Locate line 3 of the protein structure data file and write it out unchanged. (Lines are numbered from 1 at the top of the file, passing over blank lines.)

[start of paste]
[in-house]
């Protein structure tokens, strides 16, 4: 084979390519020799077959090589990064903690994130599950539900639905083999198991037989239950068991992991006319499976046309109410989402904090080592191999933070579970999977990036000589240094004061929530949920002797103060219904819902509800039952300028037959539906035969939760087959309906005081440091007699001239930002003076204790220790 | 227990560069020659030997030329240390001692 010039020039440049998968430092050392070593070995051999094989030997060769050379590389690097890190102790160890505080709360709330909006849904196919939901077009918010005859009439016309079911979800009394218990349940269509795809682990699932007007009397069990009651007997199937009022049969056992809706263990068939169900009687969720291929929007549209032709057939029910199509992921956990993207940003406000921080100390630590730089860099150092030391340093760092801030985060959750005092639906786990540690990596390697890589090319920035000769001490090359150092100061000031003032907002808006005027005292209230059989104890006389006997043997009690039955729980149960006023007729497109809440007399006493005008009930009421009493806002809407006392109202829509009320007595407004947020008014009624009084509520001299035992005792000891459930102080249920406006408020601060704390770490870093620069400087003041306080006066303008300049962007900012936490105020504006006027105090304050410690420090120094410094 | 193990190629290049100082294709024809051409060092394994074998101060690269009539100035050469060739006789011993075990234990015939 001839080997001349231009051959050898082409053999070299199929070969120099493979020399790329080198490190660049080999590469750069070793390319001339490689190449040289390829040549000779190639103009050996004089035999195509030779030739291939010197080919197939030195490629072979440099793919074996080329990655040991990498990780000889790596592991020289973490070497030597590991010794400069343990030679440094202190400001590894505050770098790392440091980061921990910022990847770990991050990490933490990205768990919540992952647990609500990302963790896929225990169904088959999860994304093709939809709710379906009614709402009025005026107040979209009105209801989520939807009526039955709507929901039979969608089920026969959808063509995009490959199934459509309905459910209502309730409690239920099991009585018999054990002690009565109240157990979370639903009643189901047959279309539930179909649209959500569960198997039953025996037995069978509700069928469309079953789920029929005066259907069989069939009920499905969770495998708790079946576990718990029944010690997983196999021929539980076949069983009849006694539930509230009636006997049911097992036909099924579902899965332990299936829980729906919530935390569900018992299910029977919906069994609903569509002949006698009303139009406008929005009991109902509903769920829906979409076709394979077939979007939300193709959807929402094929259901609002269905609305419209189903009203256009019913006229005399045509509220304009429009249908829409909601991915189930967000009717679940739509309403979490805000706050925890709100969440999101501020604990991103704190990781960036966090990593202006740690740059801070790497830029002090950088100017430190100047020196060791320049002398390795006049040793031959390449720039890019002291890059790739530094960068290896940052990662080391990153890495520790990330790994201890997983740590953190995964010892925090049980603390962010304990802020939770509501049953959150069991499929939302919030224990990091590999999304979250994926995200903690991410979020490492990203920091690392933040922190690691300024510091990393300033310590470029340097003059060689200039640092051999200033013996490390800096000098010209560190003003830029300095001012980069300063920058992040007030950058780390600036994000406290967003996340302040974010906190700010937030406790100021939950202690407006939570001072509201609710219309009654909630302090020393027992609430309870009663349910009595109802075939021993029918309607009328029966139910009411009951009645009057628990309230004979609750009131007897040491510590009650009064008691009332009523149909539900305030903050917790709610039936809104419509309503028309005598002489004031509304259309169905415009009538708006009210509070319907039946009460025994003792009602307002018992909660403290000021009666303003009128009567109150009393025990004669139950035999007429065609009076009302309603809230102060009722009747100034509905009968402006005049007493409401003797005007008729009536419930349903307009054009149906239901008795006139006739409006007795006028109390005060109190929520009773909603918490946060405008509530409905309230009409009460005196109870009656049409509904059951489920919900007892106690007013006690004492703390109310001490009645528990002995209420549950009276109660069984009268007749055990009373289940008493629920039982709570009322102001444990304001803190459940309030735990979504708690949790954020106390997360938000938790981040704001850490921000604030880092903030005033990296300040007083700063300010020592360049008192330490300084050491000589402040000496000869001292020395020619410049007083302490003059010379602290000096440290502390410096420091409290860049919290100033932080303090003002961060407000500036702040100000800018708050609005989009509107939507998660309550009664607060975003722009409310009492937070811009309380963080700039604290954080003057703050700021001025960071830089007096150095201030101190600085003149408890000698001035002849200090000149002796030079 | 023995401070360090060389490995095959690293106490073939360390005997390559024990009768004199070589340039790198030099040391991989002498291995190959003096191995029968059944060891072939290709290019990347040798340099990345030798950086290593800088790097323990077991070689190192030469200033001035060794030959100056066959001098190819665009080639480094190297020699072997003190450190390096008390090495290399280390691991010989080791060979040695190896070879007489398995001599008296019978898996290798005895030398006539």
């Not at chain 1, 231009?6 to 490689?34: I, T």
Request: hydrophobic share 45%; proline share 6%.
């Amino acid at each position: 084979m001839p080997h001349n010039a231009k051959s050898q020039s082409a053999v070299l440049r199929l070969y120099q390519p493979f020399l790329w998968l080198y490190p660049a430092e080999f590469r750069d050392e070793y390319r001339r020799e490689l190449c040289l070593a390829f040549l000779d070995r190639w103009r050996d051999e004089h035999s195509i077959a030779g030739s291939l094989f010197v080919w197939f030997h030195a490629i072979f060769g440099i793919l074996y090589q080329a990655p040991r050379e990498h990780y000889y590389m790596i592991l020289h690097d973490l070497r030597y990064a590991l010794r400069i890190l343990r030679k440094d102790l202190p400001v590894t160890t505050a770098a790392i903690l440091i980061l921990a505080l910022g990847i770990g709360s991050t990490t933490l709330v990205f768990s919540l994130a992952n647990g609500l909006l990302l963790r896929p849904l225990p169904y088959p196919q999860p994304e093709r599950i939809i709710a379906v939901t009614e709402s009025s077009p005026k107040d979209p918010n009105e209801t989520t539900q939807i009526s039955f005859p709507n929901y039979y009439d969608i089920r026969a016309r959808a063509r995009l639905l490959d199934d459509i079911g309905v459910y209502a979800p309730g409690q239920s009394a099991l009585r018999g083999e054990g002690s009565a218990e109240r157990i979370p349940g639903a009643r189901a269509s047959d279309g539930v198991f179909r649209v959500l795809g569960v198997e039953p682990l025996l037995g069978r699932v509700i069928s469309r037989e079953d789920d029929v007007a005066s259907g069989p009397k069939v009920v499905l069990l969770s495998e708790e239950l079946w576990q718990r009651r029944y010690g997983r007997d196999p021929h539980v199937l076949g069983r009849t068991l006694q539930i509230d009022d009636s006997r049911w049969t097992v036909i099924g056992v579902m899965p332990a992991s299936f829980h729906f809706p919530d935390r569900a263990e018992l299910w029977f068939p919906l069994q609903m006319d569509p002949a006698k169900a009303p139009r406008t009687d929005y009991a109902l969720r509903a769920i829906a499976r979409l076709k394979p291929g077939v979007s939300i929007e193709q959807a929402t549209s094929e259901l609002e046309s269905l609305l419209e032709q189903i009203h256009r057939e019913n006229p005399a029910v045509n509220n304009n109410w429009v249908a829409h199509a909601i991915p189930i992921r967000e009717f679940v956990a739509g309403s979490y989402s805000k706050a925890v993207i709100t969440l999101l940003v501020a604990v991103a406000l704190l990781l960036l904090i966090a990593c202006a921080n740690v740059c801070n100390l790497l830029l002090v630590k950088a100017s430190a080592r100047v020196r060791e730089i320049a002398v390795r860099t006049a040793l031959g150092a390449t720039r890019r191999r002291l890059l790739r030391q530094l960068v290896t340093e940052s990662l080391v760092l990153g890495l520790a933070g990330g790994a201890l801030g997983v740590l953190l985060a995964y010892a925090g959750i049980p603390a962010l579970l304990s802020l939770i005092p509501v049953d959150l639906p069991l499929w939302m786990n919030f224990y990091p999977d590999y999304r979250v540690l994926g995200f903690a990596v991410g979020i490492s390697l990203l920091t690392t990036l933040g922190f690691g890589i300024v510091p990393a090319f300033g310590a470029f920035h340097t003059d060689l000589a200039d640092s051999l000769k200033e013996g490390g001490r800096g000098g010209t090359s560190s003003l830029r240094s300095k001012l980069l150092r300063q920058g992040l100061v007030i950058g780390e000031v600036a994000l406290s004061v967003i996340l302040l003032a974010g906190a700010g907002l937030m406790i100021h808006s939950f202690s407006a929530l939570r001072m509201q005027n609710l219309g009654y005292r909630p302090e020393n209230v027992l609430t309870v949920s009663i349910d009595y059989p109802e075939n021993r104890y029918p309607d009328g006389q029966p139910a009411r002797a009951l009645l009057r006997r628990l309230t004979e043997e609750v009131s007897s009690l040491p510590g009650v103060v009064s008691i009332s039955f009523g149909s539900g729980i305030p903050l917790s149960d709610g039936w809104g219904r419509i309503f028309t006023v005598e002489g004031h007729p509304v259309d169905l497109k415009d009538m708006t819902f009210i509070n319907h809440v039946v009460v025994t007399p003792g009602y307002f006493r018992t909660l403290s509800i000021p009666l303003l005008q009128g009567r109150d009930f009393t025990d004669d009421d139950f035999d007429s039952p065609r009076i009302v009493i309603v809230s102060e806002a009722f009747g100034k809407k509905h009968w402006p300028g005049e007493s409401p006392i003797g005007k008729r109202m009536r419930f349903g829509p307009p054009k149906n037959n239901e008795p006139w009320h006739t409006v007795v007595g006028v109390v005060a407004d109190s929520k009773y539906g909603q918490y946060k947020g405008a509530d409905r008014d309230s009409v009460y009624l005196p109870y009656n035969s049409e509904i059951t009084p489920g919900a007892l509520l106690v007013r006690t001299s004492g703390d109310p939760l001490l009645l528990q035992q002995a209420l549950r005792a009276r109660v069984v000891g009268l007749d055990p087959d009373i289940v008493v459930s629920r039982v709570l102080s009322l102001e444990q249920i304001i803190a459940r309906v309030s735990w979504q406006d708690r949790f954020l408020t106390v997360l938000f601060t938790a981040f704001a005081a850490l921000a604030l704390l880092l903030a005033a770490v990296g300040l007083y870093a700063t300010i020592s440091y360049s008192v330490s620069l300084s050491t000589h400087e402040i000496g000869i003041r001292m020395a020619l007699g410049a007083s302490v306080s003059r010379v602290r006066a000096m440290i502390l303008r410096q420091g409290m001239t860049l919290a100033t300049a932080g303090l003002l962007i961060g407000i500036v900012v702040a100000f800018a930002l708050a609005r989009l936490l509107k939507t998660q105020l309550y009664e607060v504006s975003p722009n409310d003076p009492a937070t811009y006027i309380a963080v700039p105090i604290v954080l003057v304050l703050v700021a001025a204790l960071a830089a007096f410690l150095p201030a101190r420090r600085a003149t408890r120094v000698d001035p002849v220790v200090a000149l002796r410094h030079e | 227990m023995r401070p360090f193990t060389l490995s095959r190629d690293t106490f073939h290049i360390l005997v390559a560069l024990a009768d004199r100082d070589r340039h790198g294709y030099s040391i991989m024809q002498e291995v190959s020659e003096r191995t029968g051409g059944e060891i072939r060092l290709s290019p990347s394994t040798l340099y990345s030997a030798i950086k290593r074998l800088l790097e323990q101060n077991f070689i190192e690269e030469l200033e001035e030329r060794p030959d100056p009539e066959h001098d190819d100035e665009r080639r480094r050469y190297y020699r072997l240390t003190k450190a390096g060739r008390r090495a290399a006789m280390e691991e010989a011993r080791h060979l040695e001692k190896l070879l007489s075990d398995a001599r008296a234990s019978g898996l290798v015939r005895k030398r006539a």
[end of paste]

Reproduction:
């Not at chain 1, 231009?6 to 490689?34: I, T």